‘A force of nature’ – Stephenson Harwood mourns death of veteran litigator

John Fordham, 74, spent 50 years at London firm, 25 as head of litigation

John Fordham

Stephenson Harwood has announced the death of veteran litigator John Fordham, describing him as “widely regarded by those who worked for, with or against him, as a force of nature”.

Fordham, who was 74, led Stephenson Harwood's litigation department for 25 years and acted in a string of high profile cases, among them advising Lonrho in a bitterly fought battle over the ownership of Harrods in the late 1980s.

He was also an integral part of the Stephenson Harwood team that, through their role as adviser to the Iranian bank Markazi, helped secure the release in 1981 of 50 hostages held in the US Embassy in Tehran. 

Stephenson Harwood’s statement read: “He was a man of extraordinary energy and passion with a character larger than life, his booming voice audible across the office floor each day. He was fiercely loyal and devoted to his clients, the firm and his work and enjoyed an epic career that spanned more than 50 years, all of it at Stephenson Harwood. 

“To so many of us he was inspirational; he showed that litigating could be fun, that time spent teaching less experienced lawyers was time well spent, and above all that you should always lead from the front.”

Fordham joined Stephenson Harwood in 1972, following his legal studies at Cambridge University, qualifying as a commercial litigator and making partner in 1979. 

Having run the firm’s graduate recruitment programme, he later headed the firm’s commercial litigation department for 25 years, a record that is unlikely to be surpassed by his successors. 

Such was his drive that, on retiring from the firm in 2022, the role was split into two, not least owing to the size of the firm’s practice, having recently attracted talents like Dan Smith and Genevieve Quierin, alongside established partners including Kamal Shah, Sue Millar, Ed Davies and Paul Thwaite.   

He continued to work for the firm as a consultant, focusing on mediation, of which he was an early and enthusiastic adopter.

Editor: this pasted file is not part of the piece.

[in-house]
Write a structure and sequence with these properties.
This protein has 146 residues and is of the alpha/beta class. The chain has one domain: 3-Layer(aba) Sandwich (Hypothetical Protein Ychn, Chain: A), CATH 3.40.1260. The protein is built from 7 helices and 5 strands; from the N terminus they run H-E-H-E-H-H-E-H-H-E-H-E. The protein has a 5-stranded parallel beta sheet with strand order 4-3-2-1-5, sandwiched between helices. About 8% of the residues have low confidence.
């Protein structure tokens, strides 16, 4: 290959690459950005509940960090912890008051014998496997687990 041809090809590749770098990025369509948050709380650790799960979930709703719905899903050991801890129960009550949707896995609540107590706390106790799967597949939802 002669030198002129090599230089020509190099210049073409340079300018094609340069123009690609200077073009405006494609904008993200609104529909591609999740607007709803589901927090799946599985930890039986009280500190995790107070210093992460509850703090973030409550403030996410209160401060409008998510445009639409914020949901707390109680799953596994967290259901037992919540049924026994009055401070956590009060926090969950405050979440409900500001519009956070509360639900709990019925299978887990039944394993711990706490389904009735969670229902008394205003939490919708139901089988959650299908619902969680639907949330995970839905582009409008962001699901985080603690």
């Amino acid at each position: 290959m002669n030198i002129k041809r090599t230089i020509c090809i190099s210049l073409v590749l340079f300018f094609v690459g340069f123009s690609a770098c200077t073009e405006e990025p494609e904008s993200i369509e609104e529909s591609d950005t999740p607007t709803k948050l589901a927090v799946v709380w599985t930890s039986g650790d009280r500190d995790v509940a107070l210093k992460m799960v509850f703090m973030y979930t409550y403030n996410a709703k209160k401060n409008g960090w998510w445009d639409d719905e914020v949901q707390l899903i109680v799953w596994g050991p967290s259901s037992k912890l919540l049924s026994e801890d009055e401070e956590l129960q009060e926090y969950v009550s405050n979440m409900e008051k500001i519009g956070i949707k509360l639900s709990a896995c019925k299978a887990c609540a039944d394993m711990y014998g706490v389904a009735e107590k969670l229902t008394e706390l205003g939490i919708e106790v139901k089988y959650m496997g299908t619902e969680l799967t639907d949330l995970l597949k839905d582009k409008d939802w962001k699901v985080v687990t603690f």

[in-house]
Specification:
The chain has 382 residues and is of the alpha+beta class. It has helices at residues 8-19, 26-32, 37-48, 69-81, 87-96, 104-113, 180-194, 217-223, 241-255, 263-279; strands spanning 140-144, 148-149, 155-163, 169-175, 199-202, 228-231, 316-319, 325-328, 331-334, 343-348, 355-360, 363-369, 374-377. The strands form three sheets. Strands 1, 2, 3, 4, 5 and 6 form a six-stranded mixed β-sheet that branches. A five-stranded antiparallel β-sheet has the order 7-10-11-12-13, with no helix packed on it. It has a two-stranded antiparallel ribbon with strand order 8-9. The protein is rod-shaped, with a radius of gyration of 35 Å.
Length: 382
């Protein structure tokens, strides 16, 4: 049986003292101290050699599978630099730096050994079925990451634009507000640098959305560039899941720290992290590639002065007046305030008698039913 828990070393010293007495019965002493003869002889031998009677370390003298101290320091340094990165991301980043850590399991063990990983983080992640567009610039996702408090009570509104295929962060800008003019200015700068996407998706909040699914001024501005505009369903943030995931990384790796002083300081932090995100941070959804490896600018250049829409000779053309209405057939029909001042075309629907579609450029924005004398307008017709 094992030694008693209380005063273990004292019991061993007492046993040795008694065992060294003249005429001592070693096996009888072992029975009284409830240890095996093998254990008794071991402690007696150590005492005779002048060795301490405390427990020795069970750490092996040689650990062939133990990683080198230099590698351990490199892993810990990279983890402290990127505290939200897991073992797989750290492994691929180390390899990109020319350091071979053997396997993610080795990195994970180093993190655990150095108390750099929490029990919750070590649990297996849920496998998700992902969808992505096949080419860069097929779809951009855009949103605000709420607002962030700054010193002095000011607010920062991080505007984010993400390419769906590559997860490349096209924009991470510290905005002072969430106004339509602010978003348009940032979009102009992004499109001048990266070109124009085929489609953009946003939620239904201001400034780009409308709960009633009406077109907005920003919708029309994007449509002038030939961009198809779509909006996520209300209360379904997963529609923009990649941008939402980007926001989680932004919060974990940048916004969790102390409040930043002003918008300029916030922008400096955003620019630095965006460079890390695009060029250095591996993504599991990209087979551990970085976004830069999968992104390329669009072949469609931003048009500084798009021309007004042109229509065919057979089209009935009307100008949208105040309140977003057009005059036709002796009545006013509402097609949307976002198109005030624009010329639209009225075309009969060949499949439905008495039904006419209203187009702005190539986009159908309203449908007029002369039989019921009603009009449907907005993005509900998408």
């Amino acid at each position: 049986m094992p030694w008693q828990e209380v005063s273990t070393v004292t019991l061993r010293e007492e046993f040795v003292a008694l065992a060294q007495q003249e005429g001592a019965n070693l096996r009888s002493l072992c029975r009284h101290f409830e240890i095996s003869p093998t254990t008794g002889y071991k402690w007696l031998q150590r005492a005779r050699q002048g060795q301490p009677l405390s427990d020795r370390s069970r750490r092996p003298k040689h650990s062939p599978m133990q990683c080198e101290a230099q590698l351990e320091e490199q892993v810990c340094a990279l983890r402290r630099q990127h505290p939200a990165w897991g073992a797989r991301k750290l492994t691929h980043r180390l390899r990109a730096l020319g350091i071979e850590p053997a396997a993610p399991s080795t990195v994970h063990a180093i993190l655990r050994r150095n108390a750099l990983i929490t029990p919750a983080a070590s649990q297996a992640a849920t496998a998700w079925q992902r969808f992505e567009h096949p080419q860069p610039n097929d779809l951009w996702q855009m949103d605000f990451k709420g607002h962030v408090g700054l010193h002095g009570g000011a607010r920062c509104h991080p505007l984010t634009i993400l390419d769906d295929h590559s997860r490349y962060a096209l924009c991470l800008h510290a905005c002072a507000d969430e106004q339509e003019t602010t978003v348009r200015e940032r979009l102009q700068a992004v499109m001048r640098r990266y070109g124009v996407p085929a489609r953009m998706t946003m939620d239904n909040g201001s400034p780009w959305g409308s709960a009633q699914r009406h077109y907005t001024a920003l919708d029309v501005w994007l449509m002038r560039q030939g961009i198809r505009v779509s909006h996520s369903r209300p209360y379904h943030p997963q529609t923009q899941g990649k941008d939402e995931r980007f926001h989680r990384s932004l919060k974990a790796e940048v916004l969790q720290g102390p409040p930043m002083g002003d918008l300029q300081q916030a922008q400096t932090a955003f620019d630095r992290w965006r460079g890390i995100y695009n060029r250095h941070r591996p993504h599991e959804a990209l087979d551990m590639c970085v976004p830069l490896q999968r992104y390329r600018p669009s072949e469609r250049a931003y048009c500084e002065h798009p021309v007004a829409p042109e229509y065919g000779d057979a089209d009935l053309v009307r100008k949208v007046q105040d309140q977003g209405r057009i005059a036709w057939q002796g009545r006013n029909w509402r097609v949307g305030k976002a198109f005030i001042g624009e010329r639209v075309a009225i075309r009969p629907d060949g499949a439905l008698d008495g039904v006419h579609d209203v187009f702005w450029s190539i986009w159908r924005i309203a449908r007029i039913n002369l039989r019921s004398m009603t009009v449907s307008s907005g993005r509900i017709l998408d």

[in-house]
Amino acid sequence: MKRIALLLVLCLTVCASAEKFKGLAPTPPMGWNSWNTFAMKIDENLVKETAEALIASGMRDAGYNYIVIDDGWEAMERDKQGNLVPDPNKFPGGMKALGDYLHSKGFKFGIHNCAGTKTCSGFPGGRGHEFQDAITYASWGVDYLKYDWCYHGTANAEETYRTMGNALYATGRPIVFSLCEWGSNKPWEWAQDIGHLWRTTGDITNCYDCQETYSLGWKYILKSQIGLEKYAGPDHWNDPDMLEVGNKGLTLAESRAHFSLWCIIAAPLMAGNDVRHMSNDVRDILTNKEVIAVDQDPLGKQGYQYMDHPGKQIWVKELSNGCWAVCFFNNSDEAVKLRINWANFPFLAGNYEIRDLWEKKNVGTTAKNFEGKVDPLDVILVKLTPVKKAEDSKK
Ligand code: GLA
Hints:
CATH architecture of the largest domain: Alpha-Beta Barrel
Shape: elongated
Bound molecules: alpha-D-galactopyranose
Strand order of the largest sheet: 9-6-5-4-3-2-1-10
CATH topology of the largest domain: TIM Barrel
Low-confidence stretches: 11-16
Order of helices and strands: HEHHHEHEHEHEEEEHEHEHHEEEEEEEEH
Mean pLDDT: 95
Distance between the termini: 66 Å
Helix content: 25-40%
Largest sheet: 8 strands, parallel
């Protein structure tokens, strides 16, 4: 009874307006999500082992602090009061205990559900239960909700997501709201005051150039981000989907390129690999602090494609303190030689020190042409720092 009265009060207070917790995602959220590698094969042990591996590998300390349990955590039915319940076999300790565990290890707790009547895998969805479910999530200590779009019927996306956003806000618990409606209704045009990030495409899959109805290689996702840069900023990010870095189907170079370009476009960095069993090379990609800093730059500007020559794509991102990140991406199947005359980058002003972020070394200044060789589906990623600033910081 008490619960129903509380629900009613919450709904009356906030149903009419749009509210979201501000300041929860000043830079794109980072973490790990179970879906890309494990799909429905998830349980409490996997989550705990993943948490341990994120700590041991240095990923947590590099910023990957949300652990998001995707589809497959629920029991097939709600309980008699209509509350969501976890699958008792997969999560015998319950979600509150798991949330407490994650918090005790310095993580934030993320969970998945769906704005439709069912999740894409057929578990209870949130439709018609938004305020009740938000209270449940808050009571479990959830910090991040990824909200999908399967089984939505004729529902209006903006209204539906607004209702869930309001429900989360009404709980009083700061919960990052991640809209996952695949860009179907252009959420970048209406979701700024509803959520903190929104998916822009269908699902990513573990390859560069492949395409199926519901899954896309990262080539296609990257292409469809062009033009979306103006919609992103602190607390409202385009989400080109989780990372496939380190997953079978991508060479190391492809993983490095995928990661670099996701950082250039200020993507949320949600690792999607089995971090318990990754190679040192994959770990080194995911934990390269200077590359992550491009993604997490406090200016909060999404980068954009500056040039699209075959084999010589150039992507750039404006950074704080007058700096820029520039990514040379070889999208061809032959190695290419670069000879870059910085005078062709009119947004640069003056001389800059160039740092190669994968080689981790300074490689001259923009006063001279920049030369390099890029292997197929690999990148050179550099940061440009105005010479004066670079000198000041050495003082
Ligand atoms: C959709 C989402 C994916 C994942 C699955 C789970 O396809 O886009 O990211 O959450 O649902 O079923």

Fordham’s expertise spanned many high-profile disputes; ranging from the Maxwell Pensioners’ claims to litigation against Dame Shirley Porter in the ‘Homes for Votes’ scandal.

During the battle for control of Harrods, he was joined as a defendant to proceedings against Lonrho’s CEO Tiny Rowland and Donald Trelford, then editor of The Observer, for contempt of the House of Lords for handling a leaked copy of the DTI inspectors’ report into the Fayeds.

He told The Times it was his worst day as a lawyer, before adding: “Needless to say, one of my best days was when the complaint was dismissed and my conduct expressly approved by their lordships.”

The firm said: “John was renowned for his sharp intellect, a trait that was both admired and could, at times, be challenging. He had an innate sense of linguistic precision and was particularly displeased by split infinitives and other grammatical misdemeanours.” 

It also stressed his personal generosity as well as his interests in cricket, art and travel, including the firm’s biennial litigation department trips around Europe.

John Reynolds, of Meysan Partners, which launched in London in July, wrote on LinkedIn that Fordham was “a great litigator, a generous member of the wider disputes community and a good person to spend time with.” Former Law Society president, David Greene, said Fordham was “gracious and kind but a litigator with steel giving outstanding service to his clients”.

Among barristers he instructed who paid tribute to him was Paul McGrath KC, of Essex Court, who said his commitment to working hard for his clients was legendary. 

His chambers colleague, Jeffrey Gruder KC, said he found Fordham “a charming, knowledgeable and urbane instructing solicitor who always went the extra mile for his clients”. He added: “The news of his death is indeed shocking and leaves a void.” 

Fordham is survived by his wife Sarah, children Rebecca and Ben, and five grandchildren.

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